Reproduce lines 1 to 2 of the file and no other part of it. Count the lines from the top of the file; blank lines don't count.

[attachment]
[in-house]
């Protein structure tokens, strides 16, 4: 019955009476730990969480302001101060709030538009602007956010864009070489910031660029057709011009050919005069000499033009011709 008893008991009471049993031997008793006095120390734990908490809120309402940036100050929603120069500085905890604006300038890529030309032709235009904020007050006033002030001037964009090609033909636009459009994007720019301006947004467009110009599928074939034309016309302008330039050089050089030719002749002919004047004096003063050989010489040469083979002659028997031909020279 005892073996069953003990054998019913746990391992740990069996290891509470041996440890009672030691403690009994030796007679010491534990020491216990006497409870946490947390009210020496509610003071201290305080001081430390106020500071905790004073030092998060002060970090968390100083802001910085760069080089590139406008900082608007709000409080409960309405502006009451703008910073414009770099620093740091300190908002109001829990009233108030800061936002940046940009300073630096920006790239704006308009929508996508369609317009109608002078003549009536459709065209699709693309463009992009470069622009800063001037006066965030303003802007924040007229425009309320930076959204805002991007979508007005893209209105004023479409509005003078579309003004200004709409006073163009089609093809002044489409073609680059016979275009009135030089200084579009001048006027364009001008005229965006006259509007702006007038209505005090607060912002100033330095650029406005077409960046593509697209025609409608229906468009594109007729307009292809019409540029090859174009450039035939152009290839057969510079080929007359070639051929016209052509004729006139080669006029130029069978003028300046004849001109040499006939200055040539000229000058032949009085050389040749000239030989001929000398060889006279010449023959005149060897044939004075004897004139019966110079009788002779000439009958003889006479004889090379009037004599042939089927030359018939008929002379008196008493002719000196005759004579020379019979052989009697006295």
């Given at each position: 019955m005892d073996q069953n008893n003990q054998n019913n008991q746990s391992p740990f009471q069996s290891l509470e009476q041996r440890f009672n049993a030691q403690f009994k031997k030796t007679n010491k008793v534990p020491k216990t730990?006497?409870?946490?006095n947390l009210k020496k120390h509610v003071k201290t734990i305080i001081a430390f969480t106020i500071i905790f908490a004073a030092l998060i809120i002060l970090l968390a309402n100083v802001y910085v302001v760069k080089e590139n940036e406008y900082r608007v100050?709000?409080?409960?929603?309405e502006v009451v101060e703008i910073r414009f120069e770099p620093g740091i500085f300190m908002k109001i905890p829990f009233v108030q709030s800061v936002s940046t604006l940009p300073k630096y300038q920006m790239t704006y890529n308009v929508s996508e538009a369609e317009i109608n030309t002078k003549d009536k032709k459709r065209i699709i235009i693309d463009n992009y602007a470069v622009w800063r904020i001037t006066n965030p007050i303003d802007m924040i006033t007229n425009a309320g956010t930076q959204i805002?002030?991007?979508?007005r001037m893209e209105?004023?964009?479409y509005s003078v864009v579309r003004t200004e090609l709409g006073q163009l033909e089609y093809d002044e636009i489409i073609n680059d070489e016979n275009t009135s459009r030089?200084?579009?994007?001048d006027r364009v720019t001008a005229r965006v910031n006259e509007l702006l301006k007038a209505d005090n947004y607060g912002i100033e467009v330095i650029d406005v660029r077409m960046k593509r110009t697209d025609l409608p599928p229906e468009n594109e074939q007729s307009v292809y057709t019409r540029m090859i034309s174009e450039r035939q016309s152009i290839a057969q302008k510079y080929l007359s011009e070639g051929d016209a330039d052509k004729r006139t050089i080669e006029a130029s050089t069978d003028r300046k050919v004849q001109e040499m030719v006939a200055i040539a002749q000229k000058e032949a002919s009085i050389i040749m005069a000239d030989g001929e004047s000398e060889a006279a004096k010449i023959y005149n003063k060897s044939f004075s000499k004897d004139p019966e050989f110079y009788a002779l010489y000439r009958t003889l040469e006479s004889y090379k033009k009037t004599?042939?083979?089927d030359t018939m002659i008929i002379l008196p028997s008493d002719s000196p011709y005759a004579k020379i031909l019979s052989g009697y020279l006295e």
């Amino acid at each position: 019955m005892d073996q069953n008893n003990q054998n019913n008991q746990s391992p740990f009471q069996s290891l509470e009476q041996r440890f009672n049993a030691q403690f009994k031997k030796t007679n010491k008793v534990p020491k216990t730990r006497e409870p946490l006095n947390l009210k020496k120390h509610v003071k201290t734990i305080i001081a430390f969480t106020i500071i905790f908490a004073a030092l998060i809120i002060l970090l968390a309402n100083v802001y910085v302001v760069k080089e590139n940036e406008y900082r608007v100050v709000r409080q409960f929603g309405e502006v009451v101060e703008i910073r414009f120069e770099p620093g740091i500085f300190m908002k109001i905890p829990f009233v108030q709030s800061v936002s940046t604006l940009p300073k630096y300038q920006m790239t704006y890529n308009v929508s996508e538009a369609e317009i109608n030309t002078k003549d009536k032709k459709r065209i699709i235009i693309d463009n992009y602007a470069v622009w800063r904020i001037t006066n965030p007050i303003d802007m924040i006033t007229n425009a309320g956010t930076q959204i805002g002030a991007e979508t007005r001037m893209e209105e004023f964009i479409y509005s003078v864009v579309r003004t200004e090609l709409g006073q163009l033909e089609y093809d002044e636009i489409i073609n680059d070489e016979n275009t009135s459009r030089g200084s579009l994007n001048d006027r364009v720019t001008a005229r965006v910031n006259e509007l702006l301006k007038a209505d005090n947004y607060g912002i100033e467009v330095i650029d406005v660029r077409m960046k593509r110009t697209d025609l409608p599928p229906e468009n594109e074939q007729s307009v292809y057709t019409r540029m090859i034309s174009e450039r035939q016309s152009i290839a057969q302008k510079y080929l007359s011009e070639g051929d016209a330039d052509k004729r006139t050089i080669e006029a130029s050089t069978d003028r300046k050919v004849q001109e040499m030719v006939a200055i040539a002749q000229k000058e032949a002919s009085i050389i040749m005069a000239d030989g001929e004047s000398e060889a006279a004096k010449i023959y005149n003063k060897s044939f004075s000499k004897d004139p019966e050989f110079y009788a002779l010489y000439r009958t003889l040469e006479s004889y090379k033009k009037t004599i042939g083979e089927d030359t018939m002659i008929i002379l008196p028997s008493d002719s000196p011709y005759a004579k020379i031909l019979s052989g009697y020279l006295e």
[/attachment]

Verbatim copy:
[in-house]
């Protein structure tokens, strides 16, 4: 019955009476730990969480302001101060709030538009602007956010864009070489910031660029057709011009050919005069000499033009011709 008893008991009471049993031997008793006095120390734990908490809120309402940036100050929603120069500085905890604006300038890529030309032709235009904020007050006033002030001037964009090609033909636009459009994007720019301006947004467009110009599928074939034309016309302008330039050089050089030719002749002919004047004096003063050989010489040469083979002659028997031909020279 005892073996069953003990054998019913746990391992740990069996290891509470041996440890009672030691403690009994030796007679010491534990020491216990006497409870946490947390009210020496509610003071201290305080001081430390106020500071905790004073030092998060002060970090968390100083802001910085760069080089590139406008900082608007709000409080409960309405502006009451703008910073414009770099620093740091300190908002109001829990009233108030800061936002940046940009300073630096920006790239704006308009929508996508369609317009109608002078003549009536459709065209699709693309463009992009470069622009800063001037006066965030303003802007924040007229425009309320930076959204805002991007979508007005893209209105004023479409509005003078579309003004200004709409006073163009089609093809002044489409073609680059016979275009009135030089200084579009001048006027364009001008005229965006006259509007702006007038209505005090607060912002100033330095650029406005077409960046593509697209025609409608229906468009594109007729307009292809019409540029090859174009450039035939152009290839057969510079080929007359070639051929016209052509004729006139080669006029130029069978003028300046004849001109040499006939200055040539000229000058032949009085050389040749000239030989001929000398060889006279010449023959005149060897044939004075004897004139019966110079009788002779000439009958003889006479004889090379009037004599042939089927030359018939008929002379008196008493002719000196005759004579020379019979052989009697006295």